When expectations of marriage and family shift, what does it mean for migrants?

By Caroline Osella|March 26, 2019|Media, project outputs, Uncategorized|0 comments

I wrote a while ago about the rapid transformations post 1990s in young people’s expectations of what a marriage ought to be, what a household should consist of, and what constitutes a good family life. Kerala’s men these days are under pressure to act not only as breadwinners (which has long been the case in this state where women have low workforce participation and where a non-working wife is a component of masculine and family status) but also as good and present husbands and fathers.

Here’s a news media report on a phenomenon that all those of us who are working on Kerala projects for REALM are finding: the longstanding Gulf bridegroom ‘migrant’s premium’ in dowry and marriage chances has reversed into a migrant’s liability and lower-status on the marriage market.

As one of my long-term respondents, age 17, put it to me, when her family began the hunt for a suitable boy: “I don’t want my mother’s life. Even if he earns less, we should be together”.

Some young women are telling me that they hope to get educated in practical, employable fields which would then enable them to work in the Gulf and set up a household there. Some hope to work in Kerala, allowing them to marry lower-earning men who would also stay back. But some maintain that still the only way to manage to get the money together to build a home and raise a family is the (by now traditional) way: for the husband to work in the Gulf, while wife and kids live – at cheaper cost – in Kerala.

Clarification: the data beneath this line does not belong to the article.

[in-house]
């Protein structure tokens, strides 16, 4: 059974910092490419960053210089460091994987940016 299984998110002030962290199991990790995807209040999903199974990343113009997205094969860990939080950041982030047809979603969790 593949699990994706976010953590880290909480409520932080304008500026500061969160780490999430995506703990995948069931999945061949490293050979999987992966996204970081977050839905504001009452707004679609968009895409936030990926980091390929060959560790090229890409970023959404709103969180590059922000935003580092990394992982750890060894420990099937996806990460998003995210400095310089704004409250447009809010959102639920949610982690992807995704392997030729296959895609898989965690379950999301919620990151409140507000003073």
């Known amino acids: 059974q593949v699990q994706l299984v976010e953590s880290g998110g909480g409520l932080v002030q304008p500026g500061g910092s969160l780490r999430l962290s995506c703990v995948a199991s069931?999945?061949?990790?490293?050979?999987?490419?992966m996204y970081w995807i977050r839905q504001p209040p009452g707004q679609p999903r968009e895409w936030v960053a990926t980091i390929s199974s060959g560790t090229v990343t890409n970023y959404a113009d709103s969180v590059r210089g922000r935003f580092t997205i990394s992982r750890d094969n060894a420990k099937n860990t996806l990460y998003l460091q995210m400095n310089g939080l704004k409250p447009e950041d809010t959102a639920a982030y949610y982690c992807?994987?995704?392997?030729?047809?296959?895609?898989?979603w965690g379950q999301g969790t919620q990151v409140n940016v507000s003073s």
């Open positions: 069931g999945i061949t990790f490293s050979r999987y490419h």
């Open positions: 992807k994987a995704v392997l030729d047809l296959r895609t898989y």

As school fees, taxes and accommodation costs continue to rise across the Gulf region, many families who had been living together have made the decision to send either the children or both wife and children home.

As I analyse the 90 interviews I did, I’ll be looking out for the possibility of patterns in these opinions. Can we say anything about who might still be pinning their family aspirations on Gulf, who might be feeling confident about life in Kerala, and which women aspire to become working mothers rather than what remains for the majority the ‘respectable’ and expected path: that of full-time home-makers?

 

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